Get to know more about the flypaper trap here.

The Snap Traps

A close look at the carnivorous venus flytrap.

This is the trap used by the infamous Venus Fly Trap. Leaves shaped like a mouth that operates with a hinge. The opening of the mouth is usually lined with sensitive hairs, that when triggered will engage the closing of the hinge. Certain snap trap plants can close their mouths in as little as 20 milliseconds!

Learn more about the snap traps here.

The Suction Traps

This is a close look at a carnivorous sundew flower.

This type of trap gets its very own category thanks to only one plant that actually uses the mechanism: the Bladderwort! This type of trap has a hinged door that opens and closes when hairs are triggered. Although instead of closing like the snap trap, the prey is sucked inside usually due to a pressure difference inside the bladder.

Find out all about the bladderwort or suction traps here.

The Lobster Pot Traps

This trap is a particularly weird one. The stem is an extension of leaves that are twisted into the shape of a corkscrew and plunge into the earth. Under the earth lays the bladder of the plant. The inside of the corkscrew is coated with directed hairs that allow prey to go only in the direction of the bladder.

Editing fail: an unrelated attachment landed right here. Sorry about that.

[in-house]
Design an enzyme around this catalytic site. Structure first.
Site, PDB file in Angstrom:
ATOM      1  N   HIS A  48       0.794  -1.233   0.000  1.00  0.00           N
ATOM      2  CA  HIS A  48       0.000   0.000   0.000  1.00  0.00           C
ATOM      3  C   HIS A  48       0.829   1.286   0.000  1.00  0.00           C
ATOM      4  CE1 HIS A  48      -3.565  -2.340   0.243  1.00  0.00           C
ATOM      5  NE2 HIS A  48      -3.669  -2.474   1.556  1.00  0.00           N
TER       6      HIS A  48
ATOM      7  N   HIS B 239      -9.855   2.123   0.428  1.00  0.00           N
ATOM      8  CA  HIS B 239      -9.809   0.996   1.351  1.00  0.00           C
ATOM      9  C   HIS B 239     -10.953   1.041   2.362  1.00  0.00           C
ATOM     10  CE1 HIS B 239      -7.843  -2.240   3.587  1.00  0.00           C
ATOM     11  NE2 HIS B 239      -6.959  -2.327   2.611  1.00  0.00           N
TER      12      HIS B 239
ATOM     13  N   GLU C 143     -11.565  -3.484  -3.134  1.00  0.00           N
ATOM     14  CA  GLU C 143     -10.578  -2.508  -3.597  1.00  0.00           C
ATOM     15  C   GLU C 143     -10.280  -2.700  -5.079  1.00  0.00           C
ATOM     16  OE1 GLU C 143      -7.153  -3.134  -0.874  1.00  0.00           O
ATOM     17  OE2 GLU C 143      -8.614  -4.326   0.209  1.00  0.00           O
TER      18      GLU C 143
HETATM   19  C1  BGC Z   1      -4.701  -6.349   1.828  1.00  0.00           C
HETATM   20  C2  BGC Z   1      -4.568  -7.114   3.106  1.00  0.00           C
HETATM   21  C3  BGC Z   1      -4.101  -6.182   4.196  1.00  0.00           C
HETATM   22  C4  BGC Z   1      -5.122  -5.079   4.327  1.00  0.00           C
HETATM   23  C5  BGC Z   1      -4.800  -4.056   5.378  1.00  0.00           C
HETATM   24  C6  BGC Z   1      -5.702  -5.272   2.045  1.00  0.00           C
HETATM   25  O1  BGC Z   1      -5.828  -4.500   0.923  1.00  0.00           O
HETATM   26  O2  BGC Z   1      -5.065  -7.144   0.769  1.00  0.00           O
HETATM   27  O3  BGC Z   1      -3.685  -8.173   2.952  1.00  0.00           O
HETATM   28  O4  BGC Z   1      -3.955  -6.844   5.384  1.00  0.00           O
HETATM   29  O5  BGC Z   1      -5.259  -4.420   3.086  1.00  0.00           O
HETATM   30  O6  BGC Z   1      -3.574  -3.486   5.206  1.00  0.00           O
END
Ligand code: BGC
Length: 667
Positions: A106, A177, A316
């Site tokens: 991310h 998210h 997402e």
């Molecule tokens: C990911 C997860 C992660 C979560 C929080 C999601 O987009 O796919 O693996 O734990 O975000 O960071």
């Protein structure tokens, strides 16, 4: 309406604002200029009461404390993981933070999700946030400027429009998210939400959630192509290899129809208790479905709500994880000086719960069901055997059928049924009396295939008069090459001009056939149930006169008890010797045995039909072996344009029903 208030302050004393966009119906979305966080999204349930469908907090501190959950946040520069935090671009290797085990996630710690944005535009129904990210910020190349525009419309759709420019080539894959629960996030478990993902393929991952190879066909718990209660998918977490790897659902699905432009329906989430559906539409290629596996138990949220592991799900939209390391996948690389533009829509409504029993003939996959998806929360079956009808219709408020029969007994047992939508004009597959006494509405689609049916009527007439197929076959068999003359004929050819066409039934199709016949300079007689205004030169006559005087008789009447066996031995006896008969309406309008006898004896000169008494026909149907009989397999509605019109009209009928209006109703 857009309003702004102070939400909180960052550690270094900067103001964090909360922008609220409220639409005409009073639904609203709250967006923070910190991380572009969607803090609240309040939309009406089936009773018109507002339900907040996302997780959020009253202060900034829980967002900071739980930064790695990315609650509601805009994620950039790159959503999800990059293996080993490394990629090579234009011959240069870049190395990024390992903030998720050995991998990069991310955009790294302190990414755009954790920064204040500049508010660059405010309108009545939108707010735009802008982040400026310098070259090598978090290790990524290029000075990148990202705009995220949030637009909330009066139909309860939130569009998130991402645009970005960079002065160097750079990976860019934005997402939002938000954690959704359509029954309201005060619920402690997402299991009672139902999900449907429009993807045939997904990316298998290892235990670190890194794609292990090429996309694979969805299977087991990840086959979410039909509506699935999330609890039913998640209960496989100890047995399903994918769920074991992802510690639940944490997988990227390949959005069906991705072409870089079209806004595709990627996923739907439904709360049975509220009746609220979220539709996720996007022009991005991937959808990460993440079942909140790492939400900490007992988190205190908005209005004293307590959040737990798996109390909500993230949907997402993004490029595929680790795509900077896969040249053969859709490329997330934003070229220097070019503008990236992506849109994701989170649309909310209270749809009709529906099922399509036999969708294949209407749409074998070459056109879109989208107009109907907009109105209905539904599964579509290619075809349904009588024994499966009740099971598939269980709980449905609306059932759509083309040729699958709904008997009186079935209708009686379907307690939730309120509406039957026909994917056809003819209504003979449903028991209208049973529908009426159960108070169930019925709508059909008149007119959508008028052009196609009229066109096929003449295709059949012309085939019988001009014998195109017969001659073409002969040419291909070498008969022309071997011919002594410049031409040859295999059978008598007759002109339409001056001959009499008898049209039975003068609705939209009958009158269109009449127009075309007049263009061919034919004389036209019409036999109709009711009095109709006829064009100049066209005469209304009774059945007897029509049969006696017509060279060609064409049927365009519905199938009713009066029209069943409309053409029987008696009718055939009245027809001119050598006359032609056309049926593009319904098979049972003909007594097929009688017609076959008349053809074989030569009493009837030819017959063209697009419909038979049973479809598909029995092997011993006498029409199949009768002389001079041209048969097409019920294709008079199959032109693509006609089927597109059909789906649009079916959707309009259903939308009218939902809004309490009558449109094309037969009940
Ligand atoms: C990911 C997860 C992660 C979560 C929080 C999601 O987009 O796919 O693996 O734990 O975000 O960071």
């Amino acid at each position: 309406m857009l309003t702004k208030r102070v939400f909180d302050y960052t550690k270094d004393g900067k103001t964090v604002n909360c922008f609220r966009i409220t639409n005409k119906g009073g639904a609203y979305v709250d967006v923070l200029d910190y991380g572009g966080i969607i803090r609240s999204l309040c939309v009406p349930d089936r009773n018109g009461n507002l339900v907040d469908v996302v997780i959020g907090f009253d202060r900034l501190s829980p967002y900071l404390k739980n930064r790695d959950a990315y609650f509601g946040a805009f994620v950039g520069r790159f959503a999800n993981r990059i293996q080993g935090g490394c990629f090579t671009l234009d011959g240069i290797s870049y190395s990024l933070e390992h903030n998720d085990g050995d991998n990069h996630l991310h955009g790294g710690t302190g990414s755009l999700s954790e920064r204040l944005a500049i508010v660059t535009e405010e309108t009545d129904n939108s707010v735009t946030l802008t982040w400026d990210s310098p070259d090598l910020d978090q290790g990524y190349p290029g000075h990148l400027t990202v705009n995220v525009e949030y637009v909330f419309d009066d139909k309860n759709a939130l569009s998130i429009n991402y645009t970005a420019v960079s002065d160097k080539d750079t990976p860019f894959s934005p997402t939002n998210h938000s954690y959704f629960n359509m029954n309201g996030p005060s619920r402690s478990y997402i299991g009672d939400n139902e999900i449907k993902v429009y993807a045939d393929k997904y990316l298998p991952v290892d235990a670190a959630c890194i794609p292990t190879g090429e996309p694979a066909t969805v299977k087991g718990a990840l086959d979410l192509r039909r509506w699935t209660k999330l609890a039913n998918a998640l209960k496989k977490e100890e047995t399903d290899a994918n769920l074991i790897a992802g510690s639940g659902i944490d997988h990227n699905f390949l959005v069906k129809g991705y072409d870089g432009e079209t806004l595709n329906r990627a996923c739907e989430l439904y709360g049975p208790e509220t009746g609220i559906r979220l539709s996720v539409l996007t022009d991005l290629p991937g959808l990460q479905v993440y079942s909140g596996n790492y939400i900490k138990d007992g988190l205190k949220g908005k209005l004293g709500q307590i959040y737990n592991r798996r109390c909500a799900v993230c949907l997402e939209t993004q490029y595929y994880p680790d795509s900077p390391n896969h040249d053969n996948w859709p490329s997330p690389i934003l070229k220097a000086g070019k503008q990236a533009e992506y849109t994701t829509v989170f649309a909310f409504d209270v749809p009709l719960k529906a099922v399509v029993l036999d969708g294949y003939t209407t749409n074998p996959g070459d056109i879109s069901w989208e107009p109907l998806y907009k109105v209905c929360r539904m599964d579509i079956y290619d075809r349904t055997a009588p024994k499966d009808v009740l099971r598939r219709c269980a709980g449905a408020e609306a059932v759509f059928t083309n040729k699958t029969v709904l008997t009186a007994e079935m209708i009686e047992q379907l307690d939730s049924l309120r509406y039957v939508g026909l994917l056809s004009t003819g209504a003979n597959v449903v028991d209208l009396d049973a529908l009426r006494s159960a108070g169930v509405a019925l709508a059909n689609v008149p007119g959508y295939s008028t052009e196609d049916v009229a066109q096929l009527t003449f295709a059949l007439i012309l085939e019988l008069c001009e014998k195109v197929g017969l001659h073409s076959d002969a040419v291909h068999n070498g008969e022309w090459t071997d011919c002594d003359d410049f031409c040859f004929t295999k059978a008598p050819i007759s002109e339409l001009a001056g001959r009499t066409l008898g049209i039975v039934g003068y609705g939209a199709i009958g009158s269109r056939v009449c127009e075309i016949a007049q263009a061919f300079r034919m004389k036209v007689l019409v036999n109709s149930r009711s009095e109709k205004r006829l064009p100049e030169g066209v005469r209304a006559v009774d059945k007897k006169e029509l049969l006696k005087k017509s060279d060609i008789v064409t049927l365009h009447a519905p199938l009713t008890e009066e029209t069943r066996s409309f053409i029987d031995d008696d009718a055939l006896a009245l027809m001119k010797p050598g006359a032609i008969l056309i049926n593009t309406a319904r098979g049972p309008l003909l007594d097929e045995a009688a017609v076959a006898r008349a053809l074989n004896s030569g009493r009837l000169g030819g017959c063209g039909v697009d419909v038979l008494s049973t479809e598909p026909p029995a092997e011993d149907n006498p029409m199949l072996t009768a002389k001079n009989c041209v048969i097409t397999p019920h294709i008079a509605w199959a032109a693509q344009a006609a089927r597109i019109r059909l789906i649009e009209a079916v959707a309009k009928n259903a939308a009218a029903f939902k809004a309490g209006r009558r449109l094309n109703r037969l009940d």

Get to know more about the lobster pot traps or corkscrew plants here.


Can carnivorous hurt humans?

Not at all. It is common to think that they may be venomous, but they are only lethal to organisms tiny enough to be digested by them.

Will carnivorous plants eat fruit flies?

It is unlikely there is a carnivorous plant that would ever say no to any insect.

How did carnivorous plants evolve?

They evolved in order to survive to exist in soils that were very low in nutrients. They found a way to access another kind of nutrient.

How do carnivorous plants reproduce?

Carnivorous vary in if they are male, female, or bisexual. They reproduce by either seeding in place or having the seeds spread by other organisms.

Are carnivorous plants edible?

It is not advised to eat carnivorous plants since the vast majority of them are endangered species.

Can I harvest carnivorous plants?

It would be incredibly frowned upon as they are almost all endangered, and because their standards of soil are quite specific. However, since Sundews are such common types of carnivorous plants, they can be found in certain exotic plant stores.